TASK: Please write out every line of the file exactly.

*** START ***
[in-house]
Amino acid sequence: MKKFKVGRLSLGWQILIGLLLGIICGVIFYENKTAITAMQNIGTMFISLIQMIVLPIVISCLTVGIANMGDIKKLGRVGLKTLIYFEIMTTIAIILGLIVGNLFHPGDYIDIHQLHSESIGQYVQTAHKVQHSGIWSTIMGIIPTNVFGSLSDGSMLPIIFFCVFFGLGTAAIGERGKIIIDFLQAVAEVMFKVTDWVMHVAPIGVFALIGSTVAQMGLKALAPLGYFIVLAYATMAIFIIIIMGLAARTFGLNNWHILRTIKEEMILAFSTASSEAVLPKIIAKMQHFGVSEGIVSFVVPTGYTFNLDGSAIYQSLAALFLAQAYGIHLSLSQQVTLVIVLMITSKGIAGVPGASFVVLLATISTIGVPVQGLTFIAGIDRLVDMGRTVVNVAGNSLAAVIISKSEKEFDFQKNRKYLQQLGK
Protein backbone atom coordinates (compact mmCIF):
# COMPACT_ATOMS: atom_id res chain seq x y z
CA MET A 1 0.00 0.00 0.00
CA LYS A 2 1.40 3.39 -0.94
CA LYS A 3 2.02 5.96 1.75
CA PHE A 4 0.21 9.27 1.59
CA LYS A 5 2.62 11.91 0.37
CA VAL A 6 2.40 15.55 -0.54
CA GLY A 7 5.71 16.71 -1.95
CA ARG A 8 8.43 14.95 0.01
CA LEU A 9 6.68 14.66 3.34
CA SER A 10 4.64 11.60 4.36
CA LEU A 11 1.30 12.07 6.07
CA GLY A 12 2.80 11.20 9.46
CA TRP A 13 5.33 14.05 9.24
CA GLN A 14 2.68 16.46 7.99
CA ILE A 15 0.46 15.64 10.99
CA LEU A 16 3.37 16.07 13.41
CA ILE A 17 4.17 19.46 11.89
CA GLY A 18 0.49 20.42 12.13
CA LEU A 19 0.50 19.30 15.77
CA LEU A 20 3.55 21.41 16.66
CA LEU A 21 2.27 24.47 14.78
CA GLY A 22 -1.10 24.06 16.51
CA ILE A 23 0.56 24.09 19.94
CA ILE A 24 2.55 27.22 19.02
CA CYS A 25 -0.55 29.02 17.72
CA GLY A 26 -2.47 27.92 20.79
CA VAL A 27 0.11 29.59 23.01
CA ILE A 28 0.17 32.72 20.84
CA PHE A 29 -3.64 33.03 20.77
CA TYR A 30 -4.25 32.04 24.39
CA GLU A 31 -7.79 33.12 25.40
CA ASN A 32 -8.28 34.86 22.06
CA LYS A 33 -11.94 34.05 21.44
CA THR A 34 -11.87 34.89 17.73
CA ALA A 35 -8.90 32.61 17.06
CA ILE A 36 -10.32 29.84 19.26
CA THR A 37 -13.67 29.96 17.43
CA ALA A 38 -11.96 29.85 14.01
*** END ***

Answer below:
[in-house]
Amino acid sequence: MKKFKVGRLSLGWQILIGLLLGIICGVIFYENKTAITAMQNIGTMFISLIQMIVLPIVISCLTVGIANMGDIKKLGRVGLKTLIYFEIMTTIAIILGLIVGNLFHPGDYIDIHQLHSESIGQYVQTAHKVQHSGIWSTIMGIIPTNVFGSLSDGSMLPIIFFCVFFGLGTAAIGERGKIIIDFLQAVAEVMFKVTDWVMHVAPIGVFALIGSTVAQMGLKALAPLGYFIVLAYATMAIFIIIIMGLAARTFGLNNWHILRTIKEEMILAFSTASSEAVLPKIIAKMQHFGVSEGIVSFVVPTGYTFNLDGSAIYQSLAALFLAQAYGIHLSLSQQVTLVIVLMITSKGIAGVPGASFVVLLATISTIGVPVQGLTFIAGIDRLVDMGRTVVNVAGNSLAAVIISKSEKEFDFQKNRKYLQQLGK
Protein backbone atom coordinates (compact mmCIF):
# COMPACT_ATOMS: atom_id res chain seq x y z
CA MET A 1 0.00 0.00 0.00
CA LYS A 2 1.40 3.39 -0.94
CA LYS A 3 2.02 5.96 1.75
CA PHE A 4 0.21 9.27 1.59
CA LYS A 5 2.62 11.91 0.37
CA VAL A 6 2.40 15.55 -0.54
CA GLY A 7 5.71 16.71 -1.95
CA ARG A 8 8.43 14.95 0.01
CA LEU A 9 6.68 14.66 3.34
CA SER A 10 4.64 11.60 4.36
CA LEU A 11 1.30 12.07 6.07
CA GLY A 12 2.80 11.20 9.46
CA TRP A 13 5.33 14.05 9.24
CA GLN A 14 2.68 16.46 7.99
CA ILE A 15 0.46 15.64 10.99
CA LEU A 16 3.37 16.07 13.41
CA ILE A 17 4.17 19.46 11.89
CA GLY A 18 0.49 20.42 12.13
CA LEU A 19 0.50 19.30 15.77
CA LEU A 20 3.55 21.41 16.66
CA LEU A 21 2.27 24.47 14.78
CA GLY A 22 -1.10 24.06 16.51
CA ILE A 23 0.56 24.09 19.94
CA ILE A 24 2.55 27.22 19.02
CA CYS A 25 -0.55 29.02 17.72
CA GLY A 26 -2.47 27.92 20.79
CA VAL A 27 0.11 29.59 23.01
CA ILE A 28 0.17 32.72 20.84
CA PHE A 29 -3.64 33.03 20.77
CA TYR A 30 -4.25 32.04 24.39
CA GLU A 31 -7.79 33.12 25.40
CA ASN A 32 -8.28 34.86 22.06
CA LYS A 33 -11.94 34.05 21.44
CA THR A 34 -11.87 34.89 17.73
CA ALA A 35 -8.90 32.61 17.06
CA ILE A 36 -10.32 29.84 19.26
CA THR A 37 -13.67 29.96 17.43
CA ALA A 38 -11.96 29.85 14.01